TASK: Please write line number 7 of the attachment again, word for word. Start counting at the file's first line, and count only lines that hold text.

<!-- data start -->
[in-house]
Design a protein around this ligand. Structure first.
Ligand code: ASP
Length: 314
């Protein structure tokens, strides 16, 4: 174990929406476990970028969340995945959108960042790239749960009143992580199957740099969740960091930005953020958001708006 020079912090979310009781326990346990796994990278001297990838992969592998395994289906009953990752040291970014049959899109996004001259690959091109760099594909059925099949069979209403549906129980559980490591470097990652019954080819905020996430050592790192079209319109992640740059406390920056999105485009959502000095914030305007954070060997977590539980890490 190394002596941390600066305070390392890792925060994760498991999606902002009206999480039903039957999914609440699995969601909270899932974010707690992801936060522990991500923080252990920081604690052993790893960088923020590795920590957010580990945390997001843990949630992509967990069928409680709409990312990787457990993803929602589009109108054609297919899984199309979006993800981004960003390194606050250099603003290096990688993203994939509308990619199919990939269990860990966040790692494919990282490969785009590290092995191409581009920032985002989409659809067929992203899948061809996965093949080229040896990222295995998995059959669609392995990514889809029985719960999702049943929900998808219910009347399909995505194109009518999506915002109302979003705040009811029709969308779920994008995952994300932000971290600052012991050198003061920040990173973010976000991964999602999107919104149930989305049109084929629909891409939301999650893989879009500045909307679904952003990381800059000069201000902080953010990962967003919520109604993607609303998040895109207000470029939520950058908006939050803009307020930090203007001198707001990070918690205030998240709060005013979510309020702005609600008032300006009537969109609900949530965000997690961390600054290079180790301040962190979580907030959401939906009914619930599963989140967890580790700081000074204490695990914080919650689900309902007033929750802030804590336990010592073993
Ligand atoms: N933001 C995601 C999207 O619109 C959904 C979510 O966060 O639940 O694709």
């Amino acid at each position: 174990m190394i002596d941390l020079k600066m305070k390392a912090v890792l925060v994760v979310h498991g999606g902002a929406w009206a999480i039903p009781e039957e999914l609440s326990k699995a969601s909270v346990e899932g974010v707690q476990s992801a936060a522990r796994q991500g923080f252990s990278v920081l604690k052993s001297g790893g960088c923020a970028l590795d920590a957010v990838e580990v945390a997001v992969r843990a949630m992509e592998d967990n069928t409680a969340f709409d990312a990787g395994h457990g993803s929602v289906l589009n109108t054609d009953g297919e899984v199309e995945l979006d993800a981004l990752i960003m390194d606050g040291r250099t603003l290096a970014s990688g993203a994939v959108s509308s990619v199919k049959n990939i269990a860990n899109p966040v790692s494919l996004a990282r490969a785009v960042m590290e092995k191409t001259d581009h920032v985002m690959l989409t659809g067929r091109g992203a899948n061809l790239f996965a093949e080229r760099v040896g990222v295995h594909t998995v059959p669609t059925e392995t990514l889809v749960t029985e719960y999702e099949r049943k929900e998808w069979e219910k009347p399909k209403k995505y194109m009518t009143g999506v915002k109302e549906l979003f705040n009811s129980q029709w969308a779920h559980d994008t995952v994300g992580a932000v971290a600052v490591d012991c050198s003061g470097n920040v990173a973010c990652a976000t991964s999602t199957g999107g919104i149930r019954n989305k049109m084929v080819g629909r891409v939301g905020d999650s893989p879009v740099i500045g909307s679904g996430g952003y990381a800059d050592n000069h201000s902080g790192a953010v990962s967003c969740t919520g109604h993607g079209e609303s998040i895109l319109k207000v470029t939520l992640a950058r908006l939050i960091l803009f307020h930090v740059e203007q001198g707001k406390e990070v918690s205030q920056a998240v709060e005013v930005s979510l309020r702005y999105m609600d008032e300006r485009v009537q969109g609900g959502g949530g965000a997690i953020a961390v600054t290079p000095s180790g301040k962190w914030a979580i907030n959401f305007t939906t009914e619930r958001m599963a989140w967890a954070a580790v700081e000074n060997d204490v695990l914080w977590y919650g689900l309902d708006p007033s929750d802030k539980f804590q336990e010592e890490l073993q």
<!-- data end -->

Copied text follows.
């Amino acid at each position: 174990m190394i002596d941390l020079k600066m305070k390392a912090v890792l925060v994760v979310h498991g999606g902002a929406w009206a999480i039903p009781e039957e999914l609440s326990k699995a969601s909270v346990e899932g974010v707690q476990s992801a936060a522990r796994q991500g923080f252990s990278v920081l604690k052993s001297g790893g960088c923020a970028l590795d920590a957010v990838e580990v945390a997001v992969r843990a949630m992509e592998d967990n069928t409680a969340f709409d990312a990787g395994h457990g993803s929602v289906l589009n109108t054609d009953g297919e899984v199309e995945l979006d993800a981004l990752i960003m390194d606050g040291r250099t603003l290096a970014s990688g993203a994939v959108s509308s990619v199919k049959n990939i269990a860990n899109p966040v790692s494919l996004a990282r490969a785009v960042m590290e092995k191409t001259d581009h920032v985002m690959l989409t659809g067929r091109g992203a899948n061809l790239f996965a093949e080229r760099v040896g990222v295995h594909t998995v059959p669609t059925e392995t990514l889809v749960t029985e719960y999702e099949r049943k929900e998808w069979e219910k009347p399909k209403k995505y194109m009518t009143g999506v915002k109302e549906l979003f705040n009811s129980q029709w969308a779920h559980d994008t995952v994300g992580a932000v971290a600052v490591d012991c050198s003061g470097n920040v990173a973010c990652a976000t991964s999602t199957g999107g919104i149930r019954n989305k049109m084929v080819g629909r891409v939301g905020d999650s893989p879009v740099i500045g909307s679904g996430g952003y990381a800059d050592n000069h201000s902080g790192a953010v990962s967003c969740t919520g109604h993607g079209e609303s998040i895109l319109k207000v470029t939520l992640a950058r908006l939050i960091l803009f307020h930090v740059e203007q001198g707001k406390e990070v918690s205030q920056a998240v709060e005013v930005s979510l309020r702005y999105m609600d008032e300006r485009v009537q969109g609900g959502g949530g965000a997690i953020a961390v600054t290079p000095s180790g301040k962190w914030a979580i907030n959401f305007t939906t009914e619930r958001m599963a989140w967890a954070a580790v700081e000074n060997d204490v695990l914080w977590y919650g689900l309902d708006p007033s929750d802030k539980f804590q336990e010592e890490l073993q």